AS: I can give an example. If you look at the issue of domestic violence, that offers an example of the bad things that happened that didn’t get anticipated when the only solution the anti-violence movement pursued was criminalization. One of the things that happened in pushing for mandatory arrest laws: Now, perpetrators know to call the police first. So you have in many places a large number of women in prisons on domestic violence charges because the perpetrators knew to call the police first. And various kinds of studies show the net result of all these mandatory arrest laws has actually increased mortalities for some survivors; in particular for Black women, the mortality rate has increased. [As Smith writes in her essay, “under mandatory arrest laws, the police often arrest the women who are being battered. In fact, the New York Times recently reported that the impact of strengthened anti-domestic-violence legislation is that battered women kill their abusive partners less frequently; however, batterers do not kill their partners less frequently, and this is truer in black than white communities. Thus, ironically, laws passed to protect battered women are actually protecting their batterers!”]

So that’s an example of where criminalization had a lot of unintended consequences that people didn’t anticipate, and also never thought about if there were other ways we could have addressed this issue. For instance, maybe one policy by which we could have addressed domestic violence is to call for affordable housing for everyone because one of the major reasons why people go back to an abusive situation is they have nowhere else to stay. So we became very singular in our strategies, rather than thinking comprehensively, like what could we do to increase safety for survivors?

Another unintended consequence to criminalization is that anti-violence agencies started to be funded primarily by prosecutors’ offices that are unwilling to support survivors who are also criminalized. That was why we had very little support for people like Bresha Meadows or Marissa Alexander, who were criminalized when trying to survive domestic violence. People are so in bed with the state and prosecution system, they can’t critique it when it’s hurting survivors.

Rewire: You also argue in your essay that the pro-choice position can have unintended consequences for people from marginalized communities. How so?

AS: I think the big problem with the pro-choice movement is that it focuses only on one choice, like the choice of whether or not to have an abortion, rather than what are all the other conditions that give rise to that choice. Consider this example: Should somebody have an abortion if the child will be born with a disability? We just say, “sure,” rather than say, “well, wait a minute, what’s going on with society that having a child with a disability is seen as an overwhelming burden? Why are there not support services to raise children with disabilities?” The larger ableism in society doesn’t get addressed if you just think about that choice without the larger context in which that choice is happening.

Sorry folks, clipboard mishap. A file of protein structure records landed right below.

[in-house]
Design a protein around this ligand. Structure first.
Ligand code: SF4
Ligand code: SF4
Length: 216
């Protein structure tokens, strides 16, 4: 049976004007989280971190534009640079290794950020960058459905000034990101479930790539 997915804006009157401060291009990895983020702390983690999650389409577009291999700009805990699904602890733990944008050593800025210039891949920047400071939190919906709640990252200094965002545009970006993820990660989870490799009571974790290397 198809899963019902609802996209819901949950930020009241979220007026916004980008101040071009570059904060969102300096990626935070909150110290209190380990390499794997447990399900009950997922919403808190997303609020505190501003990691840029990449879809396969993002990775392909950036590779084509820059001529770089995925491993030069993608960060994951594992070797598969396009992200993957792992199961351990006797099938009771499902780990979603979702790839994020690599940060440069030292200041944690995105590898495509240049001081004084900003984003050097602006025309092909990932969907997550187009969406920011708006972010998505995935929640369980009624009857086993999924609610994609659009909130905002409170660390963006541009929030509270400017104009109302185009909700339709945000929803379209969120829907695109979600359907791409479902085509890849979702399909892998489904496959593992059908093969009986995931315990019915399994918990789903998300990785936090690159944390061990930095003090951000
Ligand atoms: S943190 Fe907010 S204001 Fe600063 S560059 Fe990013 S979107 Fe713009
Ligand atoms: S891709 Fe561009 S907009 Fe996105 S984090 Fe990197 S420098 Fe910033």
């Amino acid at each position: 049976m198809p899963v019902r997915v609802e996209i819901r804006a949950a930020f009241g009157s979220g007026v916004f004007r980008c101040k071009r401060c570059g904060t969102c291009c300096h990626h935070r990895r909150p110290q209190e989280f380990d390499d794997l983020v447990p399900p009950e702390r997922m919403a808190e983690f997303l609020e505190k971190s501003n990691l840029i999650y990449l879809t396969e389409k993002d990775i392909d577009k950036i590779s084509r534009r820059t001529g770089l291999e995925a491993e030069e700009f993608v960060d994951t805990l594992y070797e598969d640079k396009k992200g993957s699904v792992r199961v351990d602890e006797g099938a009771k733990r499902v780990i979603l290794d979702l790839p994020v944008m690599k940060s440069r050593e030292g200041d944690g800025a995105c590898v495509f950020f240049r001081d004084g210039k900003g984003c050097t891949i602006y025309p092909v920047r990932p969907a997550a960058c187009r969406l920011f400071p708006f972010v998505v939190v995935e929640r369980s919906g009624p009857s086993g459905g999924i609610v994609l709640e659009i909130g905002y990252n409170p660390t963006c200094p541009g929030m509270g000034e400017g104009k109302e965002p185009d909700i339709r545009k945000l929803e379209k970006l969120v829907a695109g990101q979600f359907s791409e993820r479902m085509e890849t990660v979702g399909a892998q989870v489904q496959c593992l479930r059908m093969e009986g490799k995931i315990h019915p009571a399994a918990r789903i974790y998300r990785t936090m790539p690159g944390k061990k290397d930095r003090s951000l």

Another example would be the issue of contraceptives. Women should have the right to have whatever contraceptive they want without a concern of whether the contraceptive is actually safe. This is just the many things I could say about [how] the choice framework isn’t really the best framework; it kind of narrows everything down to an individual consumer’s choice, and it’s not really based on a framework that’s about ensuring justice for all people.

Rewire: How might the pro-choice ideology be helping to legitimize policies like the Hyde Amendment, which restricts federal funding of abortions, through its choice framework?

AS: If you have more money, you get to make more choices; the choice framework doesn’t have a critique of capitalism or economic injustice that gives more choices to some people. So the Hyde Amendment in particular obviously does not provide access to folks who need federal funding [for care] and is also discriminatory to Native people, who largely get their health services through Indian Health Services. Regardless of how you feel about whether abortion should be criminalized, this should be the same policy for everyone; the law shouldn’t be economically, racially discriminatory.

Yet there’s very little critique of the Hyde Amendment [by mainstream reproductive rights organizations], because the pro-choice movement has largely been organized around middle-class women who have more choices. And, another example: When the issues around sterilization abuse became public in the 1970s, most of these mainstream groups did not actually support enacting policies around sterilization abuse, because they only focused on whether or not that would stop white women from having the choice to be sterilized and didn’t look at how these policies were detrimentally affecting communities of color.